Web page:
If array covers an area that is wider than it is tall (i.e. it has more columns than rows), LOOKUP searches for the value of lookup_value in the first row and returns the result from the last row.  Otherwise, LOOKUP searches for the value of lookup_value in the first column and returns the result from the last column instead.

The alternative form is the vector form:

LOOKUP(lookup_value,lookup_vector,[result_vector])

The LOOKUP function vector form syntax has the following arguments:

  • lookup_value is the value that LOOKUP searches for in the first vector
  • lookup_vector is the range that contains only one row or one column
  • [result_vector] is optional – if ignored, lookup_vector is used – this is the where the result will come from and must contain the same number of cells as the lookup_vector.

Like the default versions of HLOOKUP and VLOOKUP, lookup_value must be located in a range of strictly ascending values, i.e. where each value is larger than the one before and there are no duplicates.

Let me demonstrate with the following example (the full set of examples may be found in the attached Excel LOOKUP file):

Example

Imagine you have an annual model forecasting for many years into the future.  Creating inputs will be time consuming if data has to be entered on a period by period basis.  But there is a shortcut.

Do you see the data table in cells F12:K13 above?  The value in the final cell of the first row is actually “2020” not “2020+”.  It appears that way due to custom number formatting (CTRL + 1):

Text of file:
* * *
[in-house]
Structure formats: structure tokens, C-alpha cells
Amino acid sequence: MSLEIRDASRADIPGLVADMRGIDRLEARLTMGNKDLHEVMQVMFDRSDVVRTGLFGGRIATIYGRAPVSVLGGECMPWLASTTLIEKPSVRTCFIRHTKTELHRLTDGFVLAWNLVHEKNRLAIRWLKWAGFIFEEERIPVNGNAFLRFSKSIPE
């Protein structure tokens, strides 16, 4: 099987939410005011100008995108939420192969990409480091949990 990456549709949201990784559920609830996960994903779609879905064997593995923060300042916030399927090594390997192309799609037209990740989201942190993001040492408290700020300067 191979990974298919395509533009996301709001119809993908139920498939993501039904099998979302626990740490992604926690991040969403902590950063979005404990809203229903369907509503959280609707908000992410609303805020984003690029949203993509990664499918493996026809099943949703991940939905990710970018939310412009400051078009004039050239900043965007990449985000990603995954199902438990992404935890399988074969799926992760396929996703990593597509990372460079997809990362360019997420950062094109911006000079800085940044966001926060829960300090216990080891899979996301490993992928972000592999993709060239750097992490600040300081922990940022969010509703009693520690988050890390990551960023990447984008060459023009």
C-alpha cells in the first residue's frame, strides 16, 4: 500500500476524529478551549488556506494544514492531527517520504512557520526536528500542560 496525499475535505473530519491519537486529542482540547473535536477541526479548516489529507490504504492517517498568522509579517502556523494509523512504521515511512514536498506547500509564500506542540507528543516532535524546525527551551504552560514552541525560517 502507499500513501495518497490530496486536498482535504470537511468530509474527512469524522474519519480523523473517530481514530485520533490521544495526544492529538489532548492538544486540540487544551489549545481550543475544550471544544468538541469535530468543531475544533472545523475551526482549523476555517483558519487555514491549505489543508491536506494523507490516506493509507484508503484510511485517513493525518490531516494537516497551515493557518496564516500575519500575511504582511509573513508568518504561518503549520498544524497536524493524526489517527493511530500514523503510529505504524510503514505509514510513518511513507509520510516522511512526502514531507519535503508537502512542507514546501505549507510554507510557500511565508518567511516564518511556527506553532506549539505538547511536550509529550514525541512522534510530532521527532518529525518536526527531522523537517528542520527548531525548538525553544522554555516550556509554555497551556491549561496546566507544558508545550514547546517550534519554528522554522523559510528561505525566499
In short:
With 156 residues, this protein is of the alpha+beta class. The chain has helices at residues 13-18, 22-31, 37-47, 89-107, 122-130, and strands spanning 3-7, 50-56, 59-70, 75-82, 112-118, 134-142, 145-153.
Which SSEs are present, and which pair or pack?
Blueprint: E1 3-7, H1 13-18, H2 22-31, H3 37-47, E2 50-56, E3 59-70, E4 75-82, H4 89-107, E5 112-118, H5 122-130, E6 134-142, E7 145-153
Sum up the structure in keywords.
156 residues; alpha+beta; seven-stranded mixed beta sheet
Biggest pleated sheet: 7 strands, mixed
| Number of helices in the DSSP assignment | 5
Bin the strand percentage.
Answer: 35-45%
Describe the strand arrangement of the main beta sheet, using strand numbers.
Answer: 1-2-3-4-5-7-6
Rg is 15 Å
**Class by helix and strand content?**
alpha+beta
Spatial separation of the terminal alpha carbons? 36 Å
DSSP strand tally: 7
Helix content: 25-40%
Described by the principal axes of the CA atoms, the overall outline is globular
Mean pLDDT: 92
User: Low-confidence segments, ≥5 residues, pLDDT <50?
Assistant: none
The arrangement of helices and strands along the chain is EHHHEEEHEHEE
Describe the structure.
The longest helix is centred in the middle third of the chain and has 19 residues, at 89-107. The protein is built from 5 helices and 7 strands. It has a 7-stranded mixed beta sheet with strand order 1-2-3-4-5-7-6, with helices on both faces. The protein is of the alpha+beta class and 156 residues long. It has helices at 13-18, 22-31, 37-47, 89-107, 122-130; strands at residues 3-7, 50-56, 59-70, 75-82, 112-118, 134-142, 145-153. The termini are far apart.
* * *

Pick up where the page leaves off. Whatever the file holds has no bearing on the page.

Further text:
Format Cells

The syntax “0+” adds a plus sign to the number although Excel still reads the value as 2020. 

The formula uses the array version of LOOKUP, looking up the year in the first row of the data tabe and returning the corresponding value from the final row.  When a year is selected which is greater than 2020, the 2020 value is used as LOOKUP seeks out the largest value less than or equal to the value sought.  Therefore, we don’t need to have lengthy data tables – once we assume inputs will be constant thereafter, we can just curtail the input section.

Using the array form of LOOKUP is dangerous though.  What if someone accidentally inserts rows?  The lookup will “flip” to look the first and last columns instead, which is not what is required. Using the vector form is safer:

Example (Continued)

Whilst the formula contains one more argument, the formula is more stable.  Further, the lookup_vector and the result_vector do not need to be in the same worksheet or even the same workbook.  In fact, as long as there are the same number of elements in each, one can be a row vector and the other a column vector.

LOOKUP is very useful when the lookup_vector contains data in strict ascending order.  Where do we find this?  Dates in time series – LOOKUP is very useful for financial modelling / forecasting.  Just be careful though; consider the following scenario:

Example (Continued)

Here, the same formula generates an #N/A error.  This is because the date is smaller than the smallest value in the data range.  LOOKUP is not quite clever enough to use the first value unprompted, but a simple tweak of the formula will suffice:

Example (Continued)

Here, the formula has been modified to:

=IF(G$19<$G$12,$G$13,LOOKUP(G$19,$G$12:$K$12,$G$13:$K$13))

The added IF statement checks to see if the year is smaller than the first year in the data table and if so, returns the first result.  Simple!

It is with this final modification – in its vector form – that I usually use LOOKUP to return values for certain time periods where I do not want to have an input for each period modelled. Very useful!

Back to the Problem…